Myanmar Rebel Group Withdraws from a Key Town Near the Thai Border

On April 24, 2024, an armed ethnic group named the Karen National Union (KNU) pulled back its forces following a violent counterattack by the junta, who successfully regained control of a key trading post, Myawaddy. This town serves as a conduit for over $1 billion in foreign aid. The rebel group, the Karen National Union, had previously taken control of Myawaddy earlier in April. The juntas were able to counterattack the Karen National Union due to aid from the regional militia that had previously stood back and allowed the Karen National Union to seize Mywaddy. 

Myanmar remains in a civil war between its military and the weak coalition of long-standing ethnic minority armies, alongside a resistance movement that emerged in response to the ruling junta’s violent dissent following its coup on February 1, 2021. According to an article published by Reuters, “Fighting had flared as recently as Saturday in Myawaddy, forcing 3,000 civilians to flee in a single day”. Fortunately, as of April 25, 2024, Thailand’s foreign ministry stated that fighting had slowed down and that Thailand aimed to reopen its borders, as the majority of citizens have returned. According to Thailand’s Foreign Affairs Ministry, Mr. Nikorndej “most of the refugees have returned and that reflects that the situation is not getting more violent” which is a positive feat. 

The conflict between the military juntas and the KNU is constantly shifting, as both forces experienced victories and losses. The junta counterattack on April 24, 2024, was unnecessarily violent and caused significant turmoil in Myawaddy, harming citizens and putting their lives at risk. The situation in Myawaddy is very uncertain, and although displaced citizens have returned, Thailand’s Foreign Affairs Ministry says that the political unrest in Myanmar needs to be monitored closely. It would be highly beneficial for both the juntas and the rebel groups to come to a peaceful resolution instead of displacing citizens and failing to address the destroyed Myanmar economy. Thailand recently proposed an impressive peace initiative to Laos, which is the chair of the Association of Southeast Asian Nations, urging them to facilitate a meeting to resolve the crisis taking place in Myanmar. 

Following the junta’s counteroffensive, their troops hoisted their flag at a military base previously under the control of the KNU just days prior, replacing the rebel flag that had been flying there. The current military regime in Myanmar is confronting its most formidable obstacle since assuming power in 1962. Due to a military coup on February 1, 2021, Myanmar’s economy has been in shambles. The 2021 military coup began after tensions escalated between the military and citizens after Myanmar’s election in November 2020 and has caused a decade of reforms and the gradual rise of democracy to be erased. Myanmar has witnessed many strong rebel groups challenge its various military juntas. Notable among these are the Shan State Army, which represents the Shan ethnic minority, and the Kachin Independence Army which were created in the 1960s and have since been rebelling against the junta to achieve basic rights for their ethnic groups. Since February 2021, the military junta has been able to maintain its hold on power and keep strict control over Myanmar’s politics. However, the juntas have recently lost control of many key areas to rebel groups such as the KNU.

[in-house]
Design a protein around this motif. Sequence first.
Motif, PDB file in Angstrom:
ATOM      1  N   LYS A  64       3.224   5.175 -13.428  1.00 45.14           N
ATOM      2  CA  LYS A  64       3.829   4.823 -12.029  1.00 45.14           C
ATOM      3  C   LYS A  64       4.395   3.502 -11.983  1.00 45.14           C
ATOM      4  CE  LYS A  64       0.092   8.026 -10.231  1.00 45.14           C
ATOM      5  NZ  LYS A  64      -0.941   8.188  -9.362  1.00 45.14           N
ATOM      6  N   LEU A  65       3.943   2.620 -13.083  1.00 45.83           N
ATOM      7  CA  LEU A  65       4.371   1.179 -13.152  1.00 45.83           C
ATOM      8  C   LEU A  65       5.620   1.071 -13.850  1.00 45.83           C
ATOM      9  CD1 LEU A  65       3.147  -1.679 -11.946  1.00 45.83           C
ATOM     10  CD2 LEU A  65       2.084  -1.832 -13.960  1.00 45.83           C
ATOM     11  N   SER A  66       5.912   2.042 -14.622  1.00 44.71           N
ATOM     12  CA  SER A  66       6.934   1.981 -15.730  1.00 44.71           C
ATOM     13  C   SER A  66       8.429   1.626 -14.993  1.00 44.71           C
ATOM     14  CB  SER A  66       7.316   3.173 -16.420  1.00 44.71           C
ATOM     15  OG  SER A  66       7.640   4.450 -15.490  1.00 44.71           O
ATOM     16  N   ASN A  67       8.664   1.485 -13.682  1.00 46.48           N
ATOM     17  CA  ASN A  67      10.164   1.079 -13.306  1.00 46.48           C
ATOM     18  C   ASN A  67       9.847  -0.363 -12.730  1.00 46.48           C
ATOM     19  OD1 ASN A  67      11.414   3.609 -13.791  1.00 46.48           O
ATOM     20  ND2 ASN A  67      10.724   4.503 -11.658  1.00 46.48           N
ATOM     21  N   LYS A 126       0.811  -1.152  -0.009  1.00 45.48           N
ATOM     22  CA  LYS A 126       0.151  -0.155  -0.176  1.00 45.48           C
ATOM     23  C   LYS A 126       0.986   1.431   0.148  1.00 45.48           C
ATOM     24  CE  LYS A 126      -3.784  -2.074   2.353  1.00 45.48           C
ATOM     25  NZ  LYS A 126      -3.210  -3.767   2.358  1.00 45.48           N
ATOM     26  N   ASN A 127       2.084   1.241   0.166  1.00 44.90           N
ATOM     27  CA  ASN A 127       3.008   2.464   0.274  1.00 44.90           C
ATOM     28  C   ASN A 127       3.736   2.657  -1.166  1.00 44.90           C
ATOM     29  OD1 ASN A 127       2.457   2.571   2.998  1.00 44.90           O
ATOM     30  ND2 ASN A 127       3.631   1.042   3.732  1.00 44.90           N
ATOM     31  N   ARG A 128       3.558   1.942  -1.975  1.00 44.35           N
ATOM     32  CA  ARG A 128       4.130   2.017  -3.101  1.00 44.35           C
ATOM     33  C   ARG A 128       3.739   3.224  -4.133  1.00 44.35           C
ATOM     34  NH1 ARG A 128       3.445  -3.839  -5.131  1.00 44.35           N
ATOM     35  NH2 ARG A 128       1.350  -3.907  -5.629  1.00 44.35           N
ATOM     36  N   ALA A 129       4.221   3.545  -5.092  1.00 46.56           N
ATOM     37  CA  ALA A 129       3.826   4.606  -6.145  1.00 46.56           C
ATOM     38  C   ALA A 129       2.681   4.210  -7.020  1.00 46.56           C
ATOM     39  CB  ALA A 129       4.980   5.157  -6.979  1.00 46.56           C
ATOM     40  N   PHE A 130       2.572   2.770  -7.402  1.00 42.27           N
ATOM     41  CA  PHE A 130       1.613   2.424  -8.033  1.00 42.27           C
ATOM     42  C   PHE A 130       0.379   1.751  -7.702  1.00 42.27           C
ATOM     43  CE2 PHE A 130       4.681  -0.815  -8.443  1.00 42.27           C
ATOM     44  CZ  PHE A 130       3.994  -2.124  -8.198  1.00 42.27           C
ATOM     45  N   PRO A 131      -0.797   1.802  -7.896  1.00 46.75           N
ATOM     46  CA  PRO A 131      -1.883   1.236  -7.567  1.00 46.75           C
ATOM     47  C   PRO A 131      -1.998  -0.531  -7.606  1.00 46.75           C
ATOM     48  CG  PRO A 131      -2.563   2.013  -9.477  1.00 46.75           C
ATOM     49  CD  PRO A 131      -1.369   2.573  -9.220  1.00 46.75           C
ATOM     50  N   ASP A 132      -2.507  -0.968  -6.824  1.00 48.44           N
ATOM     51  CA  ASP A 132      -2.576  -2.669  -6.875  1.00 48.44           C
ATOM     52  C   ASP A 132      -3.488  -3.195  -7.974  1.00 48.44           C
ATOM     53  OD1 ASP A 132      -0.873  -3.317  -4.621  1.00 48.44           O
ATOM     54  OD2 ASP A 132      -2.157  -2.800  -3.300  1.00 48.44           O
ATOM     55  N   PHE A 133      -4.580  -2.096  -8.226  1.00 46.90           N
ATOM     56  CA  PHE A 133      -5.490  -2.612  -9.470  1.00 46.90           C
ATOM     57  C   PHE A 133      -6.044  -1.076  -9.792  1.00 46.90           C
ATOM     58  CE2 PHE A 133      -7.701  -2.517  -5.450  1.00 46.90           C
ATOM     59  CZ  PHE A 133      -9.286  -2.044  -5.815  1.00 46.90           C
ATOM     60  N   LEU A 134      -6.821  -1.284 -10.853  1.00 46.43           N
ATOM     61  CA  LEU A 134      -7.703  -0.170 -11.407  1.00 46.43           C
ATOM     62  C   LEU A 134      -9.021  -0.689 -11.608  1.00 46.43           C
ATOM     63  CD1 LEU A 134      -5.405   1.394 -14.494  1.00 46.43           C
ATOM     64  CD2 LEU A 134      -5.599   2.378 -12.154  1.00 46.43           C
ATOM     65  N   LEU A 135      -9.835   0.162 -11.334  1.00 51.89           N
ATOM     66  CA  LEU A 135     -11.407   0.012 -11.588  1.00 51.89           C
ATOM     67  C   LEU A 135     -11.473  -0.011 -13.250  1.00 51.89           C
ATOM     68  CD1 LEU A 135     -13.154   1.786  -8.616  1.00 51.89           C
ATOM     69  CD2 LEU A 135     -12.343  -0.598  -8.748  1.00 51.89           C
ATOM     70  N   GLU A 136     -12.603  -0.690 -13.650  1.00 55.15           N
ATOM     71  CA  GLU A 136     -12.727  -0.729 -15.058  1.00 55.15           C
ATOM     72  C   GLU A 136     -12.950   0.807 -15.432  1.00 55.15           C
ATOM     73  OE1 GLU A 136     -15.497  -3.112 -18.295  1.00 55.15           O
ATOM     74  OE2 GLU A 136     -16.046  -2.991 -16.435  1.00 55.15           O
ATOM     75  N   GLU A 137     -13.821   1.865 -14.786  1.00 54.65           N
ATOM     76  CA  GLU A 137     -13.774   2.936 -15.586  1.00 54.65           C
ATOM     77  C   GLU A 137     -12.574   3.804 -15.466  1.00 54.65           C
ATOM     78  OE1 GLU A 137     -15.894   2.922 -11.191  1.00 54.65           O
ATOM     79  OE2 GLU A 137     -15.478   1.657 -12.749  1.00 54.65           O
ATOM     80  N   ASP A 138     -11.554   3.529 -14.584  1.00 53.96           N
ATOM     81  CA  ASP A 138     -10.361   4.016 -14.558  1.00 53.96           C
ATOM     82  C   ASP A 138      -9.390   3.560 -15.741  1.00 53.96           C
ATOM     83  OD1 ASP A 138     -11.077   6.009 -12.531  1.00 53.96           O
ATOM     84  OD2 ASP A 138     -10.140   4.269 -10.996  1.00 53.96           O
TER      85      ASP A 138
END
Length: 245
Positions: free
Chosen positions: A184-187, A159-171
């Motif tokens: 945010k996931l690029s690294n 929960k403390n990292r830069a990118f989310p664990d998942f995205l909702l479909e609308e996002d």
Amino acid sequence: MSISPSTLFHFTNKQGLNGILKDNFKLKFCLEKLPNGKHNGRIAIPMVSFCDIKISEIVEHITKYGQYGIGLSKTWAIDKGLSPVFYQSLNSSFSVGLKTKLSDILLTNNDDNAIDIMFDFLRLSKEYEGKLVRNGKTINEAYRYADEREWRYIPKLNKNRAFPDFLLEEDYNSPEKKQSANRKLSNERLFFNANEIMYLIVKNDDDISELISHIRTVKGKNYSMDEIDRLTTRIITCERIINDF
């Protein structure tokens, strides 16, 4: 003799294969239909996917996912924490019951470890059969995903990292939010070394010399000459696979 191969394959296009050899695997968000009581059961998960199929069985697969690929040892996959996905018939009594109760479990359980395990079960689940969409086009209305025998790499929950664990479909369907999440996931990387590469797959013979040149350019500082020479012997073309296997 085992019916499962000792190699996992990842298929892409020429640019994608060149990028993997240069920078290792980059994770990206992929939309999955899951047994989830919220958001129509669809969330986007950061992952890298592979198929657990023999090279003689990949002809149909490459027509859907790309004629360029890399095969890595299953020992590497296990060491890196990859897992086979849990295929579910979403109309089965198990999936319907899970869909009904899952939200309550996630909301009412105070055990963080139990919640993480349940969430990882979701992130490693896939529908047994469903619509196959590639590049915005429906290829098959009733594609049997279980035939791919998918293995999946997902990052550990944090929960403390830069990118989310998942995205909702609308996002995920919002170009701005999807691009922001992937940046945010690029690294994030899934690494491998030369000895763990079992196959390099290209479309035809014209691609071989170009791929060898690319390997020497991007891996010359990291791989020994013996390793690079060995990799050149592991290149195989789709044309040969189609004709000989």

Laos and the countries who are part of the Association of Southeast Asian Nations must accept Thailand’s proposed peace plan and aid them in ending the conflict happening in Myanmar before it causes more refugees and violence and further damages its economy. The political instability in Myanmar in the past few years caused Myanmar to declare a state of emergency in 2021, which is significant and needs to be prevented in the future. Since the beginning of their resistance on October 27, 2024, the rebels in Myanmar have made notable gains in both territory and power, now holding control over the majority of Myanmar’s borders. The military’s grip on power is gradually weakening as they relinquish control of more territories to the rebels. This trend could potentially pave the way for the resolution of the conflict and the eventual restoration of peace in society, which is the end goal.